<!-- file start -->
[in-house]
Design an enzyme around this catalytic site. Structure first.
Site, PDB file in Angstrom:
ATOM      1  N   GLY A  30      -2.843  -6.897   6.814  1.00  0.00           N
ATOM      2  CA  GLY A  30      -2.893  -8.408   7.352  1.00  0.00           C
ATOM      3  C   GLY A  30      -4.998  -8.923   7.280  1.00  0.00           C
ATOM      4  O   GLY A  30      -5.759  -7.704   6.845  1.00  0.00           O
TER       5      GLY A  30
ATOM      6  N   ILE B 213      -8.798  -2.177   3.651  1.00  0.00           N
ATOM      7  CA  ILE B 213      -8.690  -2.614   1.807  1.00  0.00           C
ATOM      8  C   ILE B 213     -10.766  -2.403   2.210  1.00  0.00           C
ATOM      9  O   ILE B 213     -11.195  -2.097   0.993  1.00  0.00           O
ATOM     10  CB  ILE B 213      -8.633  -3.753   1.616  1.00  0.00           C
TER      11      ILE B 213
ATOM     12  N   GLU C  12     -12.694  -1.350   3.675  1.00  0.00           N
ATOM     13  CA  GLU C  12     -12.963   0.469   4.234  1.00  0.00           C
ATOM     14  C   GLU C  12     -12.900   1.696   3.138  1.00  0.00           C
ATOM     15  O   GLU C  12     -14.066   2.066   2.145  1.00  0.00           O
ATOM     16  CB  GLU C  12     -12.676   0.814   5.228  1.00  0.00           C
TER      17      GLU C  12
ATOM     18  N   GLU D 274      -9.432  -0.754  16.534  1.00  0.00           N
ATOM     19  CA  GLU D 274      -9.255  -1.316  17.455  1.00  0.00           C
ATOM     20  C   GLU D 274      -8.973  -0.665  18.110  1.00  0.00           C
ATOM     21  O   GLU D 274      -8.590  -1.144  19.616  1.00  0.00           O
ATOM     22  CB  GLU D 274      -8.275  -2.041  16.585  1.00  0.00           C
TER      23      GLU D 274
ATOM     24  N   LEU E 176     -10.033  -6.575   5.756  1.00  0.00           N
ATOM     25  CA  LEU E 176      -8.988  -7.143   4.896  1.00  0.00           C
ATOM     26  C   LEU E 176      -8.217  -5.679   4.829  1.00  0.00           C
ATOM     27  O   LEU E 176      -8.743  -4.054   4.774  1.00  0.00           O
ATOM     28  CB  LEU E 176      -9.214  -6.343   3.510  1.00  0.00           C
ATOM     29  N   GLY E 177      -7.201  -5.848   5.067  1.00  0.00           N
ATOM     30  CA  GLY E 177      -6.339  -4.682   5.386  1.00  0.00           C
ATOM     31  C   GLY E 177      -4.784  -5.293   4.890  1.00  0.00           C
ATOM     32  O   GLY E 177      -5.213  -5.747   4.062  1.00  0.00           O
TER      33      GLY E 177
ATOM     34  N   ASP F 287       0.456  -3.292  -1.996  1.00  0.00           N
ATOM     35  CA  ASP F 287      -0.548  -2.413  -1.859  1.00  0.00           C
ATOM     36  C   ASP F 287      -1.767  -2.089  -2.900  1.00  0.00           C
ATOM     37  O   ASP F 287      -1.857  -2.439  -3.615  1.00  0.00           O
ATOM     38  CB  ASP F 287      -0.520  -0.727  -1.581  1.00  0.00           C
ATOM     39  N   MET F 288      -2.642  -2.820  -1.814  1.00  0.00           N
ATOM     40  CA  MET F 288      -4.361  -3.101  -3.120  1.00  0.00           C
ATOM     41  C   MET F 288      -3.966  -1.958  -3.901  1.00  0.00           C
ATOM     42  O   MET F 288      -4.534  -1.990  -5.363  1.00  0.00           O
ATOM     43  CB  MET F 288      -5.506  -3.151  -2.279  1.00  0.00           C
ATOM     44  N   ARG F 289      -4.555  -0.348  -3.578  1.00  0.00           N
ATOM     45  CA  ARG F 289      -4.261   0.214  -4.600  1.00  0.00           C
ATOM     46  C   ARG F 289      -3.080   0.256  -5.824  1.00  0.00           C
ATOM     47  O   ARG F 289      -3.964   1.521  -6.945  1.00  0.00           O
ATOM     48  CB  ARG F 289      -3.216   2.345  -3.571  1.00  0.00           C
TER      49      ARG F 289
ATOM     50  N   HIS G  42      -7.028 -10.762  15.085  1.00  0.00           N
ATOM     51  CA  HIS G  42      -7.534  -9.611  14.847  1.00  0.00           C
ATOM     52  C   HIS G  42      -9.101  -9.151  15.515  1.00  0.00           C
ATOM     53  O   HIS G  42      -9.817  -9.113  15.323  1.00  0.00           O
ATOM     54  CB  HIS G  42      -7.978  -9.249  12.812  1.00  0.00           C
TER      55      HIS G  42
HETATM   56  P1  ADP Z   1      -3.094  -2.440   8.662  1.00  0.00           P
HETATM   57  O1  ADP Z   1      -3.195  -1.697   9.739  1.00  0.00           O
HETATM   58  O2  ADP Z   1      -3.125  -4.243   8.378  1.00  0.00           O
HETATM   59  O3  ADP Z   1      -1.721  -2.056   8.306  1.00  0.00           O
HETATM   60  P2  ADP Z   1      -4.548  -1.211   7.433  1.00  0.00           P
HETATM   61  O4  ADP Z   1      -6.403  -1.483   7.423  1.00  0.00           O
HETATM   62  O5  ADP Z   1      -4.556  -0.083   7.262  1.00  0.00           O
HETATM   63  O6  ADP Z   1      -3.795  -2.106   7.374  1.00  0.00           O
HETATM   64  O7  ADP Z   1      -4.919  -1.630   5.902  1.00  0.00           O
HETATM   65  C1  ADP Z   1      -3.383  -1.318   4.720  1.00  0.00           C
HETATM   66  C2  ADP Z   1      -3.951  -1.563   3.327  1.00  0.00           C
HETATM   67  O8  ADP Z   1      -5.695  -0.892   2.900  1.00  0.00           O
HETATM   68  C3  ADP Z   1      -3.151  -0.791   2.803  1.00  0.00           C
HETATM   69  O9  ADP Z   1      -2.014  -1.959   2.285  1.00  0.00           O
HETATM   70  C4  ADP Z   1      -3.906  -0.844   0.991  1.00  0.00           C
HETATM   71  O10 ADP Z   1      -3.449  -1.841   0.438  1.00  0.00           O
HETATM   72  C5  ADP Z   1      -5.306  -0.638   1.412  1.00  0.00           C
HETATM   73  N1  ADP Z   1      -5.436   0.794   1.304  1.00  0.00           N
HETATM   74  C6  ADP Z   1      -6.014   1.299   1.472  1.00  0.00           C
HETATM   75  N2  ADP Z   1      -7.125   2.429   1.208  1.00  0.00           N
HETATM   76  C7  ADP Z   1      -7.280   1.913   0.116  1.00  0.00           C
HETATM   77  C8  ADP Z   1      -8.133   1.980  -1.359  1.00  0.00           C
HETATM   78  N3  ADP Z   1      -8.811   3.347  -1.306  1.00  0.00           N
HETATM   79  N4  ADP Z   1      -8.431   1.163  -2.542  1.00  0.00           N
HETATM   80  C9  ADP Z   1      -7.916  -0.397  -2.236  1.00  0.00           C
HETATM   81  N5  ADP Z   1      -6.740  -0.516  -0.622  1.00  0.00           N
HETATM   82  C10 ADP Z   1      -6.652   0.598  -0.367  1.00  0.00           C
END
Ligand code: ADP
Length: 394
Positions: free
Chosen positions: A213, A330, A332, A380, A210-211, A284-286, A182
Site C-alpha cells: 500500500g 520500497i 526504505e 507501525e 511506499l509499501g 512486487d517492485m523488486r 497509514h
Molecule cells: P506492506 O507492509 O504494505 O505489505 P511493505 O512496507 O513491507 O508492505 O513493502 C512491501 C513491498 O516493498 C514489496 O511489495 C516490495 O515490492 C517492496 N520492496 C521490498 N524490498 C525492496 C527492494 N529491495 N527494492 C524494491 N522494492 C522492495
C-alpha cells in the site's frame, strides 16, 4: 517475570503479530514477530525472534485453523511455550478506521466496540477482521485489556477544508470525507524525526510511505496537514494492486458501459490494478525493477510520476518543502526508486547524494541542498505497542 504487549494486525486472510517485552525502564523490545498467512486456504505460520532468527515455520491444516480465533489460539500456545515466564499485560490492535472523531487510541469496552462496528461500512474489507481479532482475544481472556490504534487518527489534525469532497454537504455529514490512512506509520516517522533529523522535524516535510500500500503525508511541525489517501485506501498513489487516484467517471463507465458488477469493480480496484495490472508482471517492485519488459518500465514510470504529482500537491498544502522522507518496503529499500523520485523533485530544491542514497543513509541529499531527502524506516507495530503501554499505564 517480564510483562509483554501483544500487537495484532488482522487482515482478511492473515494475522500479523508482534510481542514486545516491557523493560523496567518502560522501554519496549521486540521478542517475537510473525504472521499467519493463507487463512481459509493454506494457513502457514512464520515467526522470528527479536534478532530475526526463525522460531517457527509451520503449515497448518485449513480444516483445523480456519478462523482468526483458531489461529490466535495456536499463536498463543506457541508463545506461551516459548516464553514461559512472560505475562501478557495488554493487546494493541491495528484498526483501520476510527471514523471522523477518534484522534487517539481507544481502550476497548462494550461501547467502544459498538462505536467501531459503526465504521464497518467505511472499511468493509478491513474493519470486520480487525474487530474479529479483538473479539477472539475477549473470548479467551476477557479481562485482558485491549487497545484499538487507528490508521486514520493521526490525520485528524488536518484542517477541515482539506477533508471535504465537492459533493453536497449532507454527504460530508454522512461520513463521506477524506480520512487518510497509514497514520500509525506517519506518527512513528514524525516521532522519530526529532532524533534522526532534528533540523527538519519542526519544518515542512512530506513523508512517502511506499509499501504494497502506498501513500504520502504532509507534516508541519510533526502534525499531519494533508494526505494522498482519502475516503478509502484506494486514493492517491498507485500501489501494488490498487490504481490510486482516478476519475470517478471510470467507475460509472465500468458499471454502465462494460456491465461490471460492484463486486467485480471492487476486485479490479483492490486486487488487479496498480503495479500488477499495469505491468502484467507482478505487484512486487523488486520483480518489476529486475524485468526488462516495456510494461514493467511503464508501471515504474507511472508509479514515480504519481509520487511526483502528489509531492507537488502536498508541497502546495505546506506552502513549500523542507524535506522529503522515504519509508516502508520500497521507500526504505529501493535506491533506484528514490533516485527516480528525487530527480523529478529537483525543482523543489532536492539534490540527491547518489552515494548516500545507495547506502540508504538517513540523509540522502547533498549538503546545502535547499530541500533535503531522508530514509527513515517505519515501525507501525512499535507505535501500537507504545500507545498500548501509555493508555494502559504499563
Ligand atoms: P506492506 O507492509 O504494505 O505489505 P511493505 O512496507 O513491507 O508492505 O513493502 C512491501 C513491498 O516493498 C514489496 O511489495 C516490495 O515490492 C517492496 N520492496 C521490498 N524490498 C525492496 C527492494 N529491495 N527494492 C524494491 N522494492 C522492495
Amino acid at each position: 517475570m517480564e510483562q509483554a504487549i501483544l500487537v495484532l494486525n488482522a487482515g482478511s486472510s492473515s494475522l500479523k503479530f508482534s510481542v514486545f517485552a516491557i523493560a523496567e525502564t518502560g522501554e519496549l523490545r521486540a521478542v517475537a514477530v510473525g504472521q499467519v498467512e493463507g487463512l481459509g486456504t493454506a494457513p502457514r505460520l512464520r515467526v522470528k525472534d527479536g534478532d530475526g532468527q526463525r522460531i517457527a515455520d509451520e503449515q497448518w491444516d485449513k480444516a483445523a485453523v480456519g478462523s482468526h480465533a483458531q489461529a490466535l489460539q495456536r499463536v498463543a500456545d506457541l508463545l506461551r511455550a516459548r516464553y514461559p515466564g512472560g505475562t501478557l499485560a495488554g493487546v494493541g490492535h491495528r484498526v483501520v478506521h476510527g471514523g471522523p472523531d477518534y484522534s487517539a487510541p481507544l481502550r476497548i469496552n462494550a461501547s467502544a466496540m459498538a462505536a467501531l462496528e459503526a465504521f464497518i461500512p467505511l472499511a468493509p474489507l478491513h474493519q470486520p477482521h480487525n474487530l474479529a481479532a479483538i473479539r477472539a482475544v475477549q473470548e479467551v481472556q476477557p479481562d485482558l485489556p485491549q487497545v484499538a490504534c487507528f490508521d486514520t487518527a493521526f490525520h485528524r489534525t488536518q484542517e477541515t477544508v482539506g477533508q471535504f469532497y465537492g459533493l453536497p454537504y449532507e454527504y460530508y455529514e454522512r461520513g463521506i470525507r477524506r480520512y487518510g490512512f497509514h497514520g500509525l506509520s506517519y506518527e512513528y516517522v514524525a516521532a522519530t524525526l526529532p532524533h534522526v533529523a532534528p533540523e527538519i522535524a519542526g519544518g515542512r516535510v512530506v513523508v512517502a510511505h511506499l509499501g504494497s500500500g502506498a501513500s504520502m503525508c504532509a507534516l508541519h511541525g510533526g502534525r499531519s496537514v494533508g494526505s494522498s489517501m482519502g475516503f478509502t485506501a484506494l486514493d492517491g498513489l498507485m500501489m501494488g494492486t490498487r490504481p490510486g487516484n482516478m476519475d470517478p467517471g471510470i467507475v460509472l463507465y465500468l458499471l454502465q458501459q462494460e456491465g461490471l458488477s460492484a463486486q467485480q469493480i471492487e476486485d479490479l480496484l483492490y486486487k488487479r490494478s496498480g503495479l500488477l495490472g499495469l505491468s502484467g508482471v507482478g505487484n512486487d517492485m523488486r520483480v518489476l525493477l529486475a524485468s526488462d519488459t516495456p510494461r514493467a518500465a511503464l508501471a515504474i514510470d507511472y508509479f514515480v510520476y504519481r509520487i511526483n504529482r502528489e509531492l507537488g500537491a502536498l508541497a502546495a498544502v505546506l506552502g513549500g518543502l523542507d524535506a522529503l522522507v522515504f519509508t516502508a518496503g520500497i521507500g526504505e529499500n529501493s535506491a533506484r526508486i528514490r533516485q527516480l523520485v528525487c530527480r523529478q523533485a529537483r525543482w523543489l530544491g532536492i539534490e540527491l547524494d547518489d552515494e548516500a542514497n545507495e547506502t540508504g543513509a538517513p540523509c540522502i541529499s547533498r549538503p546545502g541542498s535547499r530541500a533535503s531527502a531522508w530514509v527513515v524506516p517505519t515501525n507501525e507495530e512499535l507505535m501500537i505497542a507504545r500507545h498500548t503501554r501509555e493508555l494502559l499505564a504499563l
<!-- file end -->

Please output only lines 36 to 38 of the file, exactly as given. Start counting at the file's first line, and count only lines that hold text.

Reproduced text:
TER      33      GLY E 177
ATOM     34  N   ASP F 287       0.456  -3.292  -1.996  1.00  0.00           N
ATOM     35  CA  ASP F 287      -0.548  -2.413  -1.859  1.00  0.00           C